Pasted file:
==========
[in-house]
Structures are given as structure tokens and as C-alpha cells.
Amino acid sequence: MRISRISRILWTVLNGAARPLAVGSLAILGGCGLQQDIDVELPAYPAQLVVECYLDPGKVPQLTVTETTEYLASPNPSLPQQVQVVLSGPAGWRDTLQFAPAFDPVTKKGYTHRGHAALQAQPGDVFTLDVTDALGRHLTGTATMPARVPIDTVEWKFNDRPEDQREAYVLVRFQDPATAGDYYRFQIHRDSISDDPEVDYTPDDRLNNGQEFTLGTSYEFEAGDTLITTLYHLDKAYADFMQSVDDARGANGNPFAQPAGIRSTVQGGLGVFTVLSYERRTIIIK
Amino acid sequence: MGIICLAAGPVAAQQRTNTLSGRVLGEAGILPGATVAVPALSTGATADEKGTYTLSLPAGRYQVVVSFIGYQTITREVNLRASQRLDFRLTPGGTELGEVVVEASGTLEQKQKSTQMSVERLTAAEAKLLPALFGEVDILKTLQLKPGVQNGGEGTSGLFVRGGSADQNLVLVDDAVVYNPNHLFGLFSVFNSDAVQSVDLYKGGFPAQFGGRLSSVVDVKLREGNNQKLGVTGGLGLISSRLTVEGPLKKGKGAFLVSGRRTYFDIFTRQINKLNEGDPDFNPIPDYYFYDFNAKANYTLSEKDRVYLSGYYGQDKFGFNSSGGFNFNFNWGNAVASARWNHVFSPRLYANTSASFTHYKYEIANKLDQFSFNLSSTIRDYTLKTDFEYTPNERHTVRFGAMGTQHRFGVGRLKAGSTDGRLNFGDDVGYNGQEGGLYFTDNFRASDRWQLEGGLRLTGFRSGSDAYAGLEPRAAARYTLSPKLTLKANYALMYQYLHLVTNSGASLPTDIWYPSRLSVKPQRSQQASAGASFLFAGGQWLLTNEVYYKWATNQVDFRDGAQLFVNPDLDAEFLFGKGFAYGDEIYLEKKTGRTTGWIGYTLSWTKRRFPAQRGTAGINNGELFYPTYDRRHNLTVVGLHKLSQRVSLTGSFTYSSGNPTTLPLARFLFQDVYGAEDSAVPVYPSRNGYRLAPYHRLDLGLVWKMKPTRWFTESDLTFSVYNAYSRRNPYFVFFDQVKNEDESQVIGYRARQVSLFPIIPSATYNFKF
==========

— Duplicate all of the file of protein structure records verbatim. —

[in-house]
Structures are given as structure tokens and as C-alpha cells.
Amino acid sequence: MRISRISRILWTVLNGAARPLAVGSLAILGGCGLQQDIDVELPAYPAQLVVECYLDPGKVPQLTVTETTEYLASPNPSLPQQVQVVLSGPAGWRDTLQFAPAFDPVTKKGYTHRGHAALQAQPGDVFTLDVTDALGRHLTGTATMPARVPIDTVEWKFNDRPEDQREAYVLVRFQDPATAGDYYRFQIHRDSISDDPEVDYTPDDRLNNGQEFTLGTSYEFEAGDTLITTLYHLDKAYADFMQSVDDARGANGNPFAQPAGIRSTVQGGLGVFTVLSYERRTIIIK
Amino acid sequence: MGIICLAAGPVAAQQRTNTLSGRVLGEAGILPGATVAVPALSTGATADEKGTYTLSLPAGRYQVVVSFIGYQTITREVNLRASQRLDFRLTPGGTELGEVVVEASGTLEQKQKSTQMSVERLTAAEAKLLPALFGEVDILKTLQLKPGVQNGGEGTSGLFVRGGSADQNLVLVDDAVVYNPNHLFGLFSVFNSDAVQSVDLYKGGFPAQFGGRLSSVVDVKLREGNNQKLGVTGGLGLISSRLTVEGPLKKGKGAFLVSGRRTYFDIFTRQINKLNEGDPDFNPIPDYYFYDFNAKANYTLSEKDRVYLSGYYGQDKFGFNSSGGFNFNFNWGNAVASARWNHVFSPRLYANTSASFTHYKYEIANKLDQFSFNLSSTIRDYTLKTDFEYTPNERHTVRFGAMGTQHRFGVGRLKAGSTDGRLNFGDDVGYNGQEGGLYFTDNFRASDRWQLEGGLRLTGFRSGSDAYAGLEPRAAARYTLSPKLTLKANYALMYQYLHLVTNSGASLPTDIWYPSRLSVKPQRSQQASAGASFLFAGGQWLLTNEVYYKWATNQVDFRDGAQLFVNPDLDAEFLFGKGFAYGDEIYLEKKTGRTTGWIGYTLSWTKRRFPAQRGTAGINNGELFYPTYDRRHNLTVVGLHKLSQRVSLTGSFTYSSGNPTTLPLARFLFQDVYGAEDSAVPVYPSRNGYRLAPYHRLDLGLVWKMKPTRWFTESDLTFSVYNAYSRRNPYFVFFDQVKNEDESQVIGYRARQVSLFPIIPSATYNFKF